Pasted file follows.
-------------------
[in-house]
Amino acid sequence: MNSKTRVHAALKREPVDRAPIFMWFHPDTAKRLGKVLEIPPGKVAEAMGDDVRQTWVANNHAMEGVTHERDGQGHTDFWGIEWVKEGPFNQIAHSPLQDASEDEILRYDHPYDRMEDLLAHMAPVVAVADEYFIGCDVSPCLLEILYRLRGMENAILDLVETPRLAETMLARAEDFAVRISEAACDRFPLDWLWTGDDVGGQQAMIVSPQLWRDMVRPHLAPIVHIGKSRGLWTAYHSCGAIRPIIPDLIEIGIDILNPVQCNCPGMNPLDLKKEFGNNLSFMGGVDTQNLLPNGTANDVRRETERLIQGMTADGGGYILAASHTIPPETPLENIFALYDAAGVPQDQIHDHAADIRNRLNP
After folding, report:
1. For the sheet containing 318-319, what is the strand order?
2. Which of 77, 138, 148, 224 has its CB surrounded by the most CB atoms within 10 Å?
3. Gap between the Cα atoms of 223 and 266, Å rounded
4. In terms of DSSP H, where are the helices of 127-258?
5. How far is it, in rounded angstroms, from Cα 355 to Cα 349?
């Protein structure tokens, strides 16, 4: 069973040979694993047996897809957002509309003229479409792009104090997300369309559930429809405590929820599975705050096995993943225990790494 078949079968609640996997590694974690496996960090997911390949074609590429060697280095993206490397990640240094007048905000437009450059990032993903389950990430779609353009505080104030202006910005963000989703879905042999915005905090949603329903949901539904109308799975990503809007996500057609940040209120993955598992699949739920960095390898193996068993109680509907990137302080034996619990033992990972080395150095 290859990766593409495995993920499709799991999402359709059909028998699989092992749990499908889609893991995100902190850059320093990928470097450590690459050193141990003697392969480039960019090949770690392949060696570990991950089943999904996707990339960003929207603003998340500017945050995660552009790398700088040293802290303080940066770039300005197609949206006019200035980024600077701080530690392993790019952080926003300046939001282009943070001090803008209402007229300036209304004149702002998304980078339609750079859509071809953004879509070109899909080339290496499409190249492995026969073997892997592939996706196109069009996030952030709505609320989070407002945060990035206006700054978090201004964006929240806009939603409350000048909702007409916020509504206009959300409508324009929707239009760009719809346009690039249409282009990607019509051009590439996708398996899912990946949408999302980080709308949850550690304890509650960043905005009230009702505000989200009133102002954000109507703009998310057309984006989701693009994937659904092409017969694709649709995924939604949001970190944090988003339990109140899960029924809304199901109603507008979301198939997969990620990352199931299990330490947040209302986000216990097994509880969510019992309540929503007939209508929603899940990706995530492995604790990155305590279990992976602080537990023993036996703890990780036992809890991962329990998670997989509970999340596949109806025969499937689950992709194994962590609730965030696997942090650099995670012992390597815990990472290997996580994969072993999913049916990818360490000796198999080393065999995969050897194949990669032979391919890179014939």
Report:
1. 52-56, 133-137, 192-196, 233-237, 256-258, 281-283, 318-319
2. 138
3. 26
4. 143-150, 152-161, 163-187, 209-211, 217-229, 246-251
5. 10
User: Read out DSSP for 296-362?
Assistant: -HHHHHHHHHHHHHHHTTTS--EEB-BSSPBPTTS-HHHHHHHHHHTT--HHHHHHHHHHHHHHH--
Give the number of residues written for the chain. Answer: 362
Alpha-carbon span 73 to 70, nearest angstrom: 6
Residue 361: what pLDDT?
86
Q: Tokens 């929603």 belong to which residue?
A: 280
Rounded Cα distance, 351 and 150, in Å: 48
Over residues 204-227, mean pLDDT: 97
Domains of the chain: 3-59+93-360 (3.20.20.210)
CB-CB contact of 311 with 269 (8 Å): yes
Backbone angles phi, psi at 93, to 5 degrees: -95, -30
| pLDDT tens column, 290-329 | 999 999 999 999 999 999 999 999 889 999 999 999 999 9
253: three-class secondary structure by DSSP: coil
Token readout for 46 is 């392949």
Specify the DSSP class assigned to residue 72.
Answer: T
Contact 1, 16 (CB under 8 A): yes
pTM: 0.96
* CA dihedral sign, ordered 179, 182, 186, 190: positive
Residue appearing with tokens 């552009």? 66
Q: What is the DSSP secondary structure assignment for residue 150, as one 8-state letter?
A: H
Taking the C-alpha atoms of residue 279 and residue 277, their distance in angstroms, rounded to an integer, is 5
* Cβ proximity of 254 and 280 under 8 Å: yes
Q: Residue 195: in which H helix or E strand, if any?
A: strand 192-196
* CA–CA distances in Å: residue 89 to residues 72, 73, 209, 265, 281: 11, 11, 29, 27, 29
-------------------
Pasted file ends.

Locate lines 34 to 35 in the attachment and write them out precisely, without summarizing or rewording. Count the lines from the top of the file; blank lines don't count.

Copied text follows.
Contact 1, 16 (CB under 8 A): yes
pTM: 0.96